My Mother the Accidental Tyrant

There is this hideous anomaly. With dementia. At their most vulnerable, sufferers, when they need you the most – when they cannot get up and down steps alone or walk safely unaided because their shuffling gait predisposes them to trips and falls, when they are incontinent, cannot use a phone or a tv remote or a shower without help for fear of scalding. When they would not eat if you did not prepare their meals for them, put food in front of them. When you do all these things because they are your mother or your father and this is your duty. Then, because their allegiance to you, their connection or relationship or kinship or even affection towards you, is fading or forgotten – or has diminished to the point of non existence – they can be bloody.

They can be really shitty.

Today is one of those days.

Today my mother told me, accusingly, when I put my head around her door to check she was awake and had tea, “there was no hot water for me, so I only have half a cold cup’. She said it imperiously and with a voice that dripped accusation: This was obviously my fault.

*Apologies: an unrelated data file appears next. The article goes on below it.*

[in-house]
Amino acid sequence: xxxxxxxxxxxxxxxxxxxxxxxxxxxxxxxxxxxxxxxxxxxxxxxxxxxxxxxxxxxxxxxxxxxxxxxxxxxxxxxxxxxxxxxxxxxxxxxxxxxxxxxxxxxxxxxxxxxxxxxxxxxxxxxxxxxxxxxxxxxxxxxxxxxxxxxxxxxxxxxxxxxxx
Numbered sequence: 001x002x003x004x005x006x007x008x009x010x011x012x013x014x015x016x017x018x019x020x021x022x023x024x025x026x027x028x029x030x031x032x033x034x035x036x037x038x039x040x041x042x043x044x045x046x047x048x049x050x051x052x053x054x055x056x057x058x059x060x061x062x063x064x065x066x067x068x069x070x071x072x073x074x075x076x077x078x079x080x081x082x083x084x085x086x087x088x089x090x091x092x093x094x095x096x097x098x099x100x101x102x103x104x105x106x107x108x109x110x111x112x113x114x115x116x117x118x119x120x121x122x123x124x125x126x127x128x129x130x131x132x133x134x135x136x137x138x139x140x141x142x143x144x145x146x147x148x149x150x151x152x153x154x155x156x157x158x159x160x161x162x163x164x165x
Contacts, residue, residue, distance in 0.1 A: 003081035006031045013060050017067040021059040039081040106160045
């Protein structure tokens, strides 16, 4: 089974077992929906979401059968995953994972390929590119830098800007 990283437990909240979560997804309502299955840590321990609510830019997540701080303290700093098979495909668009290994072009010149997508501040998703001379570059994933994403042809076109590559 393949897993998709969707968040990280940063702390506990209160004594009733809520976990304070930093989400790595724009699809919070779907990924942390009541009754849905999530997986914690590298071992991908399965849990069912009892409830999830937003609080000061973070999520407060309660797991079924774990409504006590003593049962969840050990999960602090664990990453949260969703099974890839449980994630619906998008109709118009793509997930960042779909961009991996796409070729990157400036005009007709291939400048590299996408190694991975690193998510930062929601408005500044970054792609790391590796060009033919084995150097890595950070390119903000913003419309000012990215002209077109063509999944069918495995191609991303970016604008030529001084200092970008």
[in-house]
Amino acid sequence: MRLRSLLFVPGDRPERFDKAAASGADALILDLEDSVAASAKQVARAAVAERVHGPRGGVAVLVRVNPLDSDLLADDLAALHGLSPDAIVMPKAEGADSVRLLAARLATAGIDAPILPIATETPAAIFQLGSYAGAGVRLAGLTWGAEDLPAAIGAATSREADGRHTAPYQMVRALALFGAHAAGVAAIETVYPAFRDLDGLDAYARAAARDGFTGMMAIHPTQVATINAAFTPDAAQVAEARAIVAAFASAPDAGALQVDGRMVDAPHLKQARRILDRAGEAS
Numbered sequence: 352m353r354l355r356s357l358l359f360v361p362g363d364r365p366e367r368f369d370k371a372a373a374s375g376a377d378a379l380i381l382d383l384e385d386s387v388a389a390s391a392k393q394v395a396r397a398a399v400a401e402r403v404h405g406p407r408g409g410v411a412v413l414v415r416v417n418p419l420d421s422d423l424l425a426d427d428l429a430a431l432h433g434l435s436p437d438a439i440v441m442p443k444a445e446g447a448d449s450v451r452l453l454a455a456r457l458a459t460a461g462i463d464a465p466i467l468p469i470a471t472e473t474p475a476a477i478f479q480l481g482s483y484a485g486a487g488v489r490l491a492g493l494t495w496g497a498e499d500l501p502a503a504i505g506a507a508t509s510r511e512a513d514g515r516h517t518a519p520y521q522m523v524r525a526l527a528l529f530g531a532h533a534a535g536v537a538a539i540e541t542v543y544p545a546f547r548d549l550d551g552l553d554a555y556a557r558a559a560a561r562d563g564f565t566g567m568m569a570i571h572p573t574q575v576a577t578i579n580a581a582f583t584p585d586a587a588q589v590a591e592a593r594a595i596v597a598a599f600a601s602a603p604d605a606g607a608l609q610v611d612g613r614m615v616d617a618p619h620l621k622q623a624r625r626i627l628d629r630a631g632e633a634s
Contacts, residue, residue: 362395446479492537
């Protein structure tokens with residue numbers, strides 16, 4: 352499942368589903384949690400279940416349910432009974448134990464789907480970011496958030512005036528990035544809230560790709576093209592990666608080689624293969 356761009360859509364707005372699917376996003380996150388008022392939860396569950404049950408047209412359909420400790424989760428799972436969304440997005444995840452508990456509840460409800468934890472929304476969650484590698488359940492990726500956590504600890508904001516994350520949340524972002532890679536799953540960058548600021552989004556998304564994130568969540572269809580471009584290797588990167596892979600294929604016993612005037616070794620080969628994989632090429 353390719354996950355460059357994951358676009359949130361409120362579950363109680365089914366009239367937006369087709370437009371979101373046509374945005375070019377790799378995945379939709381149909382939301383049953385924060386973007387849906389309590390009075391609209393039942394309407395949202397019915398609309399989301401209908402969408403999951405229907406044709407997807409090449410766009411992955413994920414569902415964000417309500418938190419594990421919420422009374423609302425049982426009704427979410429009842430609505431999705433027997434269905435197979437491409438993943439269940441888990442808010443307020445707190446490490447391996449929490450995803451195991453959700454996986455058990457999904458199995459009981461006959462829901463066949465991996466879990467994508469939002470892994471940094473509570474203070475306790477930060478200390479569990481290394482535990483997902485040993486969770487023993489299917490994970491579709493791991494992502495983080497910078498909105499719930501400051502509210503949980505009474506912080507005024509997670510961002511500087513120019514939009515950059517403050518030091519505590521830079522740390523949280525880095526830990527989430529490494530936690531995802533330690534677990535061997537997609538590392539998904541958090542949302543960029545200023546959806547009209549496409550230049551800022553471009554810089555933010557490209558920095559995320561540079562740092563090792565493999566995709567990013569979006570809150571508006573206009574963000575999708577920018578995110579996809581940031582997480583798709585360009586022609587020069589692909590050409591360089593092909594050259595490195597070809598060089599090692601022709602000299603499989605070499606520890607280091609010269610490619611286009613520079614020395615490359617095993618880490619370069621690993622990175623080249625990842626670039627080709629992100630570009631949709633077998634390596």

I leave a full flask of hot water ready for mum’s morning tea in her room each night. I am trying to extend what little autonomy there is left – she can make a mug of tea but she cannot be trusted with an electric kettle.

‘You must have finished all the water during the night, mum”, I say – even though I urge her, every night, when I put her to bed, motioning the clock beside it, ‘Don’t get up until the big hand is on the 12 and little one on the six’.

Sundowning: Alzheimer’s disease causes circadian rhythms to trip and short circuit and spark when they shouldn’t. It explains mum’s nocturnal roaming and her confused body temperature so that on waking she is freezing. Icebox cold despite blankets which would drown me in a puddle of perspiration.